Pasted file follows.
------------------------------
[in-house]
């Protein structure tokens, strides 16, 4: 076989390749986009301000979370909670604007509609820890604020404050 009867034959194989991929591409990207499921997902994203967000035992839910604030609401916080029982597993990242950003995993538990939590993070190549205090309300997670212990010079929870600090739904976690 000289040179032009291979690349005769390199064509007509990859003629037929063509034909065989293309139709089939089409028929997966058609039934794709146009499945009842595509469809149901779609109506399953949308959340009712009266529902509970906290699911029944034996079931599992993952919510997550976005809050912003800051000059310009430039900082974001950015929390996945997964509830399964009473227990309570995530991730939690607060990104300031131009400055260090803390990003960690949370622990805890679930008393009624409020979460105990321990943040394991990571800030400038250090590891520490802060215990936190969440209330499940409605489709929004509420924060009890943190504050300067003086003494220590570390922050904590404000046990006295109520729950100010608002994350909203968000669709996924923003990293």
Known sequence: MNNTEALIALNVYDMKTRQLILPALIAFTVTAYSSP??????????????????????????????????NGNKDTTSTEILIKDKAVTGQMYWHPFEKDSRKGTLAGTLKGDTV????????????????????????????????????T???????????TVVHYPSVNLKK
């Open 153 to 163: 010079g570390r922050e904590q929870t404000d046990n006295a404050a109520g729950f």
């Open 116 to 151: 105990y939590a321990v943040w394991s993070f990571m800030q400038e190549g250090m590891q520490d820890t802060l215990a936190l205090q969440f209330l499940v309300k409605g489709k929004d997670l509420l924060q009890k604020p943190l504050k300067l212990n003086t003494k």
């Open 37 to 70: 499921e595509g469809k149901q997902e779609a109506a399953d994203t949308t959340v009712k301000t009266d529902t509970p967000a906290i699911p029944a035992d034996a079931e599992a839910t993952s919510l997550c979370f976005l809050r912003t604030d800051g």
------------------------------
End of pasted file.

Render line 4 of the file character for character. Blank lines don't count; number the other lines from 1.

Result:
């Open 153 to 163: 010079g570390r922050e904590q929870t404000d046990n006295a404050a109520g729950f």